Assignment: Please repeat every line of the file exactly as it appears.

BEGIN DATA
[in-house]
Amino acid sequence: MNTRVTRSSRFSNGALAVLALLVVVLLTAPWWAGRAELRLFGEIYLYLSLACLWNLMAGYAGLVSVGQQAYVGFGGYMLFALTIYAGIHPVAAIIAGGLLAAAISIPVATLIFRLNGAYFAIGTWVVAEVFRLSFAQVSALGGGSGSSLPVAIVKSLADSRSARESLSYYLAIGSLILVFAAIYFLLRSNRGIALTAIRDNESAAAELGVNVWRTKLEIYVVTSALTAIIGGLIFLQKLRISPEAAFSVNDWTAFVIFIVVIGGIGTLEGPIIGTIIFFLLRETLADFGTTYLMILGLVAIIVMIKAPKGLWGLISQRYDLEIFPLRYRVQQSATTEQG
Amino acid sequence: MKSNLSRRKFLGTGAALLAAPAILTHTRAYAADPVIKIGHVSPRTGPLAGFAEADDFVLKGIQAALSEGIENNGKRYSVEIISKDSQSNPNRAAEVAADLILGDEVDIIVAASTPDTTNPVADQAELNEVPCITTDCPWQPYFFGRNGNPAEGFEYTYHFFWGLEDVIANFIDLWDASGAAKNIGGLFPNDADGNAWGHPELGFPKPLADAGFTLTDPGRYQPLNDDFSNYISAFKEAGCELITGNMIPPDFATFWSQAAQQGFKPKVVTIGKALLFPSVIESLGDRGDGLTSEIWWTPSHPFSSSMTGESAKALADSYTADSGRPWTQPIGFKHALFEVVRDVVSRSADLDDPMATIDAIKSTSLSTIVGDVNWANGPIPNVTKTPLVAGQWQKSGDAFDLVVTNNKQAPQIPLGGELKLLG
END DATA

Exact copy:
[in-house]
Amino acid sequence: MNTRVTRSSRFSNGALAVLALLVVVLLTAPWWAGRAELRLFGEIYLYLSLACLWNLMAGYAGLVSVGQQAYVGFGGYMLFALTIYAGIHPVAAIIAGGLLAAAISIPVATLIFRLNGAYFAIGTWVVAEVFRLSFAQVSALGGGSGSSLPVAIVKSLADSRSARESLSYYLAIGSLILVFAAIYFLLRSNRGIALTAIRDNESAAAELGVNVWRTKLEIYVVTSALTAIIGGLIFLQKLRISPEAAFSVNDWTAFVIFIVVIGGIGTLEGPIIGTIIFFLLRETLADFGTTYLMILGLVAIIVMIKAPKGLWGLISQRYDLEIFPLRYRVQQSATTEQG
Amino acid sequence: MKSNLSRRKFLGTGAALLAAPAILTHTRAYAADPVIKIGHVSPRTGPLAGFAEADDFVLKGIQAALSEGIENNGKRYSVEIISKDSQSNPNRAAEVAADLILGDEVDIIVAASTPDTTNPVADQAELNEVPCITTDCPWQPYFFGRNGNPAEGFEYTYHFFWGLEDVIANFIDLWDASGAAKNIGGLFPNDADGNAWGHPELGFPKPLADAGFTLTDPGRYQPLNDDFSNYISAFKEAGCELITGNMIPPDFATFWSQAAQQGFKPKVVTIGKALLFPSVIESLGDRGDGLTSEIWWTPSHPFSSSMTGESAKALADSYTADSGRPWTQPIGFKHALFEVVRDVVSRSADLDDPMATIDAIKSTSLSTIVGDVNWANGPIPNVTKTPLVAGQWQKSGDAFDLVVTNNKQAPQIPLGGELKLLG